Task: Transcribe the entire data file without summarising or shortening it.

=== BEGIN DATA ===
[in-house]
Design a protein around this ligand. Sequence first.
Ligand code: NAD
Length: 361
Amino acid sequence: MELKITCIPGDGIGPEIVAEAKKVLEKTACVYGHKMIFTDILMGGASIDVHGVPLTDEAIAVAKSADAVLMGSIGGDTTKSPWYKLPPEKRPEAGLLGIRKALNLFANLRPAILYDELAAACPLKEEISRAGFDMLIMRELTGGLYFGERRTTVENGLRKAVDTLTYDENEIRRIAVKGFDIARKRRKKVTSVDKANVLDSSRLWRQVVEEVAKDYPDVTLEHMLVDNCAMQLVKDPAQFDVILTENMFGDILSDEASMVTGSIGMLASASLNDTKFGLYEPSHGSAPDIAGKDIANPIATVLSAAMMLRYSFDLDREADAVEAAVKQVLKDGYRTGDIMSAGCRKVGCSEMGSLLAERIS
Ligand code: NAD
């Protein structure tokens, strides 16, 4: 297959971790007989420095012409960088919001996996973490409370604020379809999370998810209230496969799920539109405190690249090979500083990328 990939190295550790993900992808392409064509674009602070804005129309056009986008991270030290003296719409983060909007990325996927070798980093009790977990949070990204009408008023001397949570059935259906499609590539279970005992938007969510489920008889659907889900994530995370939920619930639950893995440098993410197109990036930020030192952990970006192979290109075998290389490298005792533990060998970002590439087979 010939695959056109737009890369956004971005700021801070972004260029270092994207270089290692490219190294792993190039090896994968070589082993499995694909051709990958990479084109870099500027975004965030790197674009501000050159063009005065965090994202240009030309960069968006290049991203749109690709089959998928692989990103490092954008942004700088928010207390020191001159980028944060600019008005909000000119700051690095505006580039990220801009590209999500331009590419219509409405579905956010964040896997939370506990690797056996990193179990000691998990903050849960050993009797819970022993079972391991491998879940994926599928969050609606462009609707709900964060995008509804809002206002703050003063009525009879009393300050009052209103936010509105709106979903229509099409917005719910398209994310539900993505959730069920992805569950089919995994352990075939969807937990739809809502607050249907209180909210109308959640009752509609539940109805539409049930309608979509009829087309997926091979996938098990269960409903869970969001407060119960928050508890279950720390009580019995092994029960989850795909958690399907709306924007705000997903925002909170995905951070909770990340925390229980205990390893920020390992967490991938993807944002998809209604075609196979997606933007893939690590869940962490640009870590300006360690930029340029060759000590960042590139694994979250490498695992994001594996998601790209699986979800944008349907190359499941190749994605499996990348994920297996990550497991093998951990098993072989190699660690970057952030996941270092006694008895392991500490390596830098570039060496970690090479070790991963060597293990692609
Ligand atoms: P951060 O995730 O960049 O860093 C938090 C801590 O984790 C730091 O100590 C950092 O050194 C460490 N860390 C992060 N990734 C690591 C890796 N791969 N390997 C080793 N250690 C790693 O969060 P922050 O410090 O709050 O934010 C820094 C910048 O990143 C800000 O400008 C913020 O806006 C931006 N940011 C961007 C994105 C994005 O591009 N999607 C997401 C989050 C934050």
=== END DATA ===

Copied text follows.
[in-house]
Design a protein around this ligand. Sequence first.
Ligand code: NAD
Length: 361
Amino acid sequence: MELKITCIPGDGIGPEIVAEAKKVLEKTACVYGHKMIFTDILMGGASIDVHGVPLTDEAIAVAKSADAVLMGSIGGDTTKSPWYKLPPEKRPEAGLLGIRKALNLFANLRPAILYDELAAACPLKEEISRAGFDMLIMRELTGGLYFGERRTTVENGLRKAVDTLTYDENEIRRIAVKGFDIARKRRKKVTSVDKANVLDSSRLWRQVVEEVAKDYPDVTLEHMLVDNCAMQLVKDPAQFDVILTENMFGDILSDEASMVTGSIGMLASASLNDTKFGLYEPSHGSAPDIAGKDIANPIATVLSAAMMLRYSFDLDREADAVEAAVKQVLKDGYRTGDIMSAGCRKVGCSEMGSLLAERIS
Ligand code: NAD
């Protein structure tokens, strides 16, 4: 297959971790007989420095012409960088919001996996973490409370604020379809999370998810209230496969799920539109405190690249090979500083990328 990939190295550790993900992808392409064509674009602070804005129309056009986008991270030290003296719409983060909007990325996927070798980093009790977990949070990204009408008023001397949570059935259906499609590539279970005992938007969510489920008889659907889900994530995370939920619930639950893995440098993410197109990036930020030192952990970006192979290109075998290389490298005792533990060998970002590439087979 010939695959056109737009890369956004971005700021801070972004260029270092994207270089290692490219190294792993190039090896994968070589082993499995694909051709990958990479084109870099500027975004965030790197674009501000050159063009005065965090994202240009030309960069968006290049991203749109690709089959998928692989990103490092954008942004700088928010207390020191001159980028944060600019008005909000000119700051690095505006580039990220801009590209999500331009590419219509409405579905956010964040896997939370506990690797056996990193179990000691998990903050849960050993009797819970022993079972391991491998879940994926599928969050609606462009609707709900964060995008509804809002206002703050003063009525009879009393300050009052209103936010509105709106979903229509099409917005719910398209994310539900993505959730069920992805569950089919995994352990075939969807937990739809809502607050249907209180909210109308959640009752509609539940109805539409049930309608979509009829087309997926091979996938098990269960409903869970969001407060119960928050508890279950720390009580019995092994029960989850795909958690399907709306924007705000997903925002909170995905951070909770990340925390229980205990390893920020390992967490991938993807944002998809209604075609196979997606933007893939690590869940962490640009870590300006360690930029340029060759000590960042590139694994979250490498695992994001594996998601790209699986979800944008349907190359499941190749994605499996990348994920297996990550497991093998951990098993072989190699660690970057952030996941270092006694008895392991500490390596830098570039060496970690090479070790991963060597293990692609
Ligand atoms: P951060 O995730 O960049 O860093 C938090 C801590 O984790 C730091 O100590 C950092 O050194 C460490 N860390 C992060 N990734 C690591 C890796 N791969 N390997 C080793 N250690 C790693 O969060 P922050 O410090 O709050 O934010 C820094 C910048 O990143 C800000 O400008 C913020 O806006 C931006 N940011 C961007 C994105 C994005 O591009 N999607 C997401 C989050 C934050």